Desktop Henry Vacuum Cleaner
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Henry has become an accidental icon of British design and manufacturing. Equally at home in the hands of princes and plumbers (Charles and Diana received one of the first models as a wedding present in 1981), he is also an under-stairs stalwart in millions of ordinary homes. As well as the Downing Street cameos, Henry has been photographed hanging from a rope as abseilers cleaned Westminster Abbey. The week after my visit to Henry HQ, Kathy Burke spotted one while touring a palatial mansion in Money Talks, a Channel 4 series about wealth. “No matter how rich, everyone needs a Henry,” she says.
All of the 75 parts that make up the latest model could be used to repair ‘Number one’, the 1981 original Henry. Photograph: Ben Quinton/The Guardian Humans far outnumber robots at the factory in Chard, Somerset. Photograph: Ben Quinton/The GuardianJake, who is nearly four, was one when he first met Henry. It was early one morning, before dawn, and Henry had been left out of the cupboard the night before. Jake wore a striped babygrow and, placing his milk bottle on the wooden floor, crouched to inspect a curious object that was as big as he was. It was the start of a great romance. Jake insisted that Henry be liberated from his dark cupboard; for months, he was the first thing Jake went to in the morning, and the last thing he thought of at night. “I love you,” Jess said above his cot one evening before lights out. “I love Henry,” came the reply. Timing might be part of it,” says Luke Harmer, an industrial designer and lecturer at Loughborough University. Henry arrived a few years after the first Star Wars film, with its hapless robots, including R2-D2. “I wonder if there was a connection to this product that provides a service and is slightly robotic and you forgive its foibles because it’s doing a useful job.” When Henry topples over, it’s hard to get cross with him. “It’s almost like walking a dog,” Harmer says. In the end, Downing Street Henry was surplus to requirements. A month after his cameo, No 10 binned the idea of daily press conferences: the briefing room has been used mainly for the prime minister’s pandemic announcements. Henry has not been seen again. Was his unscheduled appearance to blame for the communications U-turn? “Henry’s work behind the scenes has been greatly appreciated,” is all a government spokesperson will say.
In 2019, Erik Matich, a five-year-old fan from Illinois who was being treated for leukaemia, flew 4,000 miles to Somerset with the Make-A-Wish charity. It had been his dream to see Henry’s home [Erik is now doing well and is due to complete his treatment this year]. Duncan says dozens of children with autism have made the same trip. “They seem to relate to Henry because he never tells them what to do,” he says. He has tried to work with autism charities, and recently found an illustrator to help create Henry & Hetty books that the charities could sell (they are not for general sale). In Henry & Hetty’s Dragon Adventure, the dust-busting duo are cleaning a zoo when they discover a dragon enclosure. They fly with a dragon to a castle where a wizard has lost his crystal ball – until some more vacuuming uncovers it. It wouldn’t win awards, but when I read the book to Jake that evening, he is rapt. Andrew Stephen, a professor of marketing from the Saïd Business School at the University of Oxford, is initially stumped when I ask him to assess Henry’s popular appeal. “I think there’s something about the product and branding that draws people to it rather than them getting caught up in what is normal, which is using price as a proxy signal for quality,” Stephen says. My own Henry spends more time under the stairs these days, but his bond with Jake remains strong. Jake can talk for England now, if not always coherently. When I attempt to interview him, it’s clear he sees nothing unusual in loving a vacuum cleaner. “I love Henry hoover and Hetty hoover because they’re both hoovers,” he tells me. “Because you can hoover with them.I will at this stage admit to a slight Henry obsession. I didn’t think about my girlfriend Jess’s Henry a great deal when I moved in with her 10 years ago, or when he moved with us to a new home after our marriage. It was only after the arrival of our son in 2017 that he began to occupy a bigger place in our family. Freshly moulded and printed Henry faces, ready to be attached. Photograph: Ben Quinton/The Guardian Humans far outnumber robots, one of which is employed every 30 seconds to lift an assembled Henry into a box for dispatch. “We do a different job every hour,” says Stevenson, who started out making Henry in around 1990. The Henry line is the busiest in the factory. Elsewhere I meet Paul King, 69, who is about to retire after 50 years at Numatic. Today he’s making attachments for a ride-on floor scrubber. “I worked on Henry years ago but they’re too fast for me on that line these days,” he says after turning down his radio.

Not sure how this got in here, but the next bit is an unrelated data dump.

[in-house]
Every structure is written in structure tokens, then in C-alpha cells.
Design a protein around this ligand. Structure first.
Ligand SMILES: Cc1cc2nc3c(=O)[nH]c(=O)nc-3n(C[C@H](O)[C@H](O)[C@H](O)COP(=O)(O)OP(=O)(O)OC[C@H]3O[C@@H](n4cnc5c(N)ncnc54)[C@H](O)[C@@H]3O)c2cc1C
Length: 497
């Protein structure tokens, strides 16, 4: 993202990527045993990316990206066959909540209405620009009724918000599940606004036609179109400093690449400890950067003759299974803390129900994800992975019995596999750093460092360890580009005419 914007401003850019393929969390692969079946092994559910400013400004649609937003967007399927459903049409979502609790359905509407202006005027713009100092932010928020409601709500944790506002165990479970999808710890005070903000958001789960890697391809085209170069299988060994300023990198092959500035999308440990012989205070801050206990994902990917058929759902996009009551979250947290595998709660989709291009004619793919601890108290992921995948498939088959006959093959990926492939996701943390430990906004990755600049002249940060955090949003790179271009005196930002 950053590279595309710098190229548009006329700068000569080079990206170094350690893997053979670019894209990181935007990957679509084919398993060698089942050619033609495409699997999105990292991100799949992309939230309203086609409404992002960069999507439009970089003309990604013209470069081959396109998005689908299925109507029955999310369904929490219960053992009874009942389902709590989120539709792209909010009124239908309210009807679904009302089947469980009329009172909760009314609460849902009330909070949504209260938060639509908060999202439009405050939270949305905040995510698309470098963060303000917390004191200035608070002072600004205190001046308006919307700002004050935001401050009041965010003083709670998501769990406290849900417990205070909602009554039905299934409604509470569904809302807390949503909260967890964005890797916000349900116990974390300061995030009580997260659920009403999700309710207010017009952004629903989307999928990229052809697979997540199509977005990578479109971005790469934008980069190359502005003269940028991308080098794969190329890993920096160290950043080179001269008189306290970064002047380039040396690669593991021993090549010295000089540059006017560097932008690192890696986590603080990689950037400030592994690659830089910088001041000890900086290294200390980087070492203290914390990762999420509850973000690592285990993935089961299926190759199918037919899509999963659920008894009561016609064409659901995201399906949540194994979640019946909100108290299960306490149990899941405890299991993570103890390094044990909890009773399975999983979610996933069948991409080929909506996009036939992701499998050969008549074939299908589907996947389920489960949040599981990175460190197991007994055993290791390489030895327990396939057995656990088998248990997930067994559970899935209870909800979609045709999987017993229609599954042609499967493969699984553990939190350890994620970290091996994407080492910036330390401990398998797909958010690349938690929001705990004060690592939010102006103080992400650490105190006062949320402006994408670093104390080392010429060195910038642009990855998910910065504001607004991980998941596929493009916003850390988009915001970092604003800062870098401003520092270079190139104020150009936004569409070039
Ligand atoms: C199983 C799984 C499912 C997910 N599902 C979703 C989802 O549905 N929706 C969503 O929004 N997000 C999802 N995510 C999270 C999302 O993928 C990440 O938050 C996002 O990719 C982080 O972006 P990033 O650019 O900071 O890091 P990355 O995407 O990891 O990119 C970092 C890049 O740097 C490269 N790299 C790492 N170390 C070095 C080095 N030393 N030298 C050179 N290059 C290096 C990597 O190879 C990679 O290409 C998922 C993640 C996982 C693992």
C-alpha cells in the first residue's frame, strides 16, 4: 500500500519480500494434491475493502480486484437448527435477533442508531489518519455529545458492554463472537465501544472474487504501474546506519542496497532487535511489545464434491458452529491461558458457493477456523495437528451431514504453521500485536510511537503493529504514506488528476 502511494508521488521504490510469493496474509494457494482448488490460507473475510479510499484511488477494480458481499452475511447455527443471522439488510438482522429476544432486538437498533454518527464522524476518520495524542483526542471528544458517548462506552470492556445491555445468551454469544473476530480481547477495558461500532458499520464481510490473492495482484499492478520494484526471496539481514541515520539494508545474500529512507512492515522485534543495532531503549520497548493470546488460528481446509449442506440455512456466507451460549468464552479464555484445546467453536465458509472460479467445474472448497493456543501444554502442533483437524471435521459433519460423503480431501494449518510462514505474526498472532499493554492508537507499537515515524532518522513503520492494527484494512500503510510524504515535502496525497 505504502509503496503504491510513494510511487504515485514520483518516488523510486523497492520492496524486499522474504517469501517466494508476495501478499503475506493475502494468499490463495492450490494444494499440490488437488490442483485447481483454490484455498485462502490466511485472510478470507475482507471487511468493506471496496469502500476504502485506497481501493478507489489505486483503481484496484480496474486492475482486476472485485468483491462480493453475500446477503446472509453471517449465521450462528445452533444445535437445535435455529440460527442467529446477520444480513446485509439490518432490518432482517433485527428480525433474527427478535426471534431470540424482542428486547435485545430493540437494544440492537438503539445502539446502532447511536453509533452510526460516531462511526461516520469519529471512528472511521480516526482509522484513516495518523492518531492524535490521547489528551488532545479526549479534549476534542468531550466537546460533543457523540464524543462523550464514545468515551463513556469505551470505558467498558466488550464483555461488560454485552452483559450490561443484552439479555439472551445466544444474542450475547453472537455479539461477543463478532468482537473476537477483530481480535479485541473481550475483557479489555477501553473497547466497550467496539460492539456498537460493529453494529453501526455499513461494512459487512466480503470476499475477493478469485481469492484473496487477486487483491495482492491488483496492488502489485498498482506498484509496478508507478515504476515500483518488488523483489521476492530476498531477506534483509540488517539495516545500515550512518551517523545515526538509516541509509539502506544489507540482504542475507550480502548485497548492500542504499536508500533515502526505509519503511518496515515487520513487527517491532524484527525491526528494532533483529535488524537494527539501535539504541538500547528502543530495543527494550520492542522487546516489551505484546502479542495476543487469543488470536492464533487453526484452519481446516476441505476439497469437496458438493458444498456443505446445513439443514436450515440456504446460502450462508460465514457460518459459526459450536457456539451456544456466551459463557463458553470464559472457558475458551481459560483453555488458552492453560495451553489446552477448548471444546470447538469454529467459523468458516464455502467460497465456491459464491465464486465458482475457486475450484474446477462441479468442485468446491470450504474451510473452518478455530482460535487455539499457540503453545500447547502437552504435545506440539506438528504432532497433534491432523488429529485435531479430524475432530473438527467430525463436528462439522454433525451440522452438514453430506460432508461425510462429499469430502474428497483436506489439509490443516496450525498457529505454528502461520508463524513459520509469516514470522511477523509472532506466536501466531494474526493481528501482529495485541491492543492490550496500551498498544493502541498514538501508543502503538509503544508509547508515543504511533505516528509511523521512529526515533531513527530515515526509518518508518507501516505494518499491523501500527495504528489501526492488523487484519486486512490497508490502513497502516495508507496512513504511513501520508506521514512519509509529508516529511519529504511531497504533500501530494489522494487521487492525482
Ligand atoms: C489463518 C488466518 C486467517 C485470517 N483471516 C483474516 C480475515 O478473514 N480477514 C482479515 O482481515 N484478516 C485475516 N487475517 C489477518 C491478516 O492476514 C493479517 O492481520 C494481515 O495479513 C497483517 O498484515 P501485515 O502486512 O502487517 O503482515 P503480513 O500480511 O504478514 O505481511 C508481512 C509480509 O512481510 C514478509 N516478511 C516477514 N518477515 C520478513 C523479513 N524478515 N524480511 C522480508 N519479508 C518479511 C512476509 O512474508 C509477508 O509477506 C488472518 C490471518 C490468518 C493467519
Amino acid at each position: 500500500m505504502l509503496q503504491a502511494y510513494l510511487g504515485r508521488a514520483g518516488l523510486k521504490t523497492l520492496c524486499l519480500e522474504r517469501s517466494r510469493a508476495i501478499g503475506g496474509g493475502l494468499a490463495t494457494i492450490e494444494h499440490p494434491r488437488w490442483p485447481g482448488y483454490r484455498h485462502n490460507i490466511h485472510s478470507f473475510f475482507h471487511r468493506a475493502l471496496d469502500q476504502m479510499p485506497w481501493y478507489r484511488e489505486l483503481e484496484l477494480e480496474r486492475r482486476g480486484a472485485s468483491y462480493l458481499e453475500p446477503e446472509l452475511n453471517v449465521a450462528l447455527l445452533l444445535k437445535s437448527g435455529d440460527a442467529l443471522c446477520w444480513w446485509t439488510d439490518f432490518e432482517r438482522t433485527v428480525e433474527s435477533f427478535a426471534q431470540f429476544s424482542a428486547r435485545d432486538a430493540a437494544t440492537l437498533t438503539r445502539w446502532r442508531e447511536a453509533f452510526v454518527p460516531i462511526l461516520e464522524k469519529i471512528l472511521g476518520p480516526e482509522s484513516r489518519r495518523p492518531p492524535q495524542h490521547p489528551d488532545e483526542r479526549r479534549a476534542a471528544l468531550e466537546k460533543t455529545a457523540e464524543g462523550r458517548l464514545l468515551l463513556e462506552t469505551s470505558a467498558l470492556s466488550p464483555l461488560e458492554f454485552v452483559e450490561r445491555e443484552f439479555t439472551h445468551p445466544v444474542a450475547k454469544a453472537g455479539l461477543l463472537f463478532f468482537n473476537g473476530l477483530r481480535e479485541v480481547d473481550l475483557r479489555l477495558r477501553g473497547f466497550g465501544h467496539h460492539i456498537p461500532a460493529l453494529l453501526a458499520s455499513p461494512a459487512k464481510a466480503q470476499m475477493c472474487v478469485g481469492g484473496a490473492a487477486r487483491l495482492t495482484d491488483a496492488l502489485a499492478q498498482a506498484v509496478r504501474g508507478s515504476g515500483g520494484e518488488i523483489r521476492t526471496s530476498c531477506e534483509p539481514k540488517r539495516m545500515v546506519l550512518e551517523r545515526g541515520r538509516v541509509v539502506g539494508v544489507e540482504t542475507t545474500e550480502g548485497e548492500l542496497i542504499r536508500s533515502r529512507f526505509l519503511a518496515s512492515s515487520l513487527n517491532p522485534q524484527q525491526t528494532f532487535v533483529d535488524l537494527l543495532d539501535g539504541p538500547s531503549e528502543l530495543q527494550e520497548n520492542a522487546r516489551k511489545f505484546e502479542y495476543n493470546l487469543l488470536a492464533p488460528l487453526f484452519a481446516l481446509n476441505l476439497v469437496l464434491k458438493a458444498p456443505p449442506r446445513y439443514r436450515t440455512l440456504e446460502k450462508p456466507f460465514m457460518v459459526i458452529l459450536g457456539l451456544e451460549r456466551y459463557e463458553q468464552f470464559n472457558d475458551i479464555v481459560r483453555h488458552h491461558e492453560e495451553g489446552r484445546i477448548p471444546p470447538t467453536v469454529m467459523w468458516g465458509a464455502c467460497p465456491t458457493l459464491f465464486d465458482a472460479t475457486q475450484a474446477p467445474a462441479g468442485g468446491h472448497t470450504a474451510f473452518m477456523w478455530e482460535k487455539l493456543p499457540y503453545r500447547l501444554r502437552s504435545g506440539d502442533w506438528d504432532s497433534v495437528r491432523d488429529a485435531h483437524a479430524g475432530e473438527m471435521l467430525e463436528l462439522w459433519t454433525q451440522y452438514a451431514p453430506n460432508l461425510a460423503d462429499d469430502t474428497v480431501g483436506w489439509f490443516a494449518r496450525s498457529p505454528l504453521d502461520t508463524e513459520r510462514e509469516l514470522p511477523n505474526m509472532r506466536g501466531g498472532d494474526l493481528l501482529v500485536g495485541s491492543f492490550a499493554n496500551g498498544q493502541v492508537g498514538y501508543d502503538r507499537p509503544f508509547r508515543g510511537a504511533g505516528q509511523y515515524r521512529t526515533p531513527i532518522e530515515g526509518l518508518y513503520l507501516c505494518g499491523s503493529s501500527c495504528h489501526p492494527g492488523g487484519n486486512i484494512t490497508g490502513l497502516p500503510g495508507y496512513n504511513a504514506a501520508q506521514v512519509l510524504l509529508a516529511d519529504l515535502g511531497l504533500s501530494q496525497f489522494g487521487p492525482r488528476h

The Russell Howard video is the one that won’t go away,” says Andrew Ernill, Numatic’s head of marketing. He’s referring to a 2010 episode of Russell Howard’s Good News. After riffing on a story about a policeman who had been arrested for stealing a Henry during a drugs bust, the comedian cuts to a video in which Henry snorts a huge line of “cocaine” from a coffee table.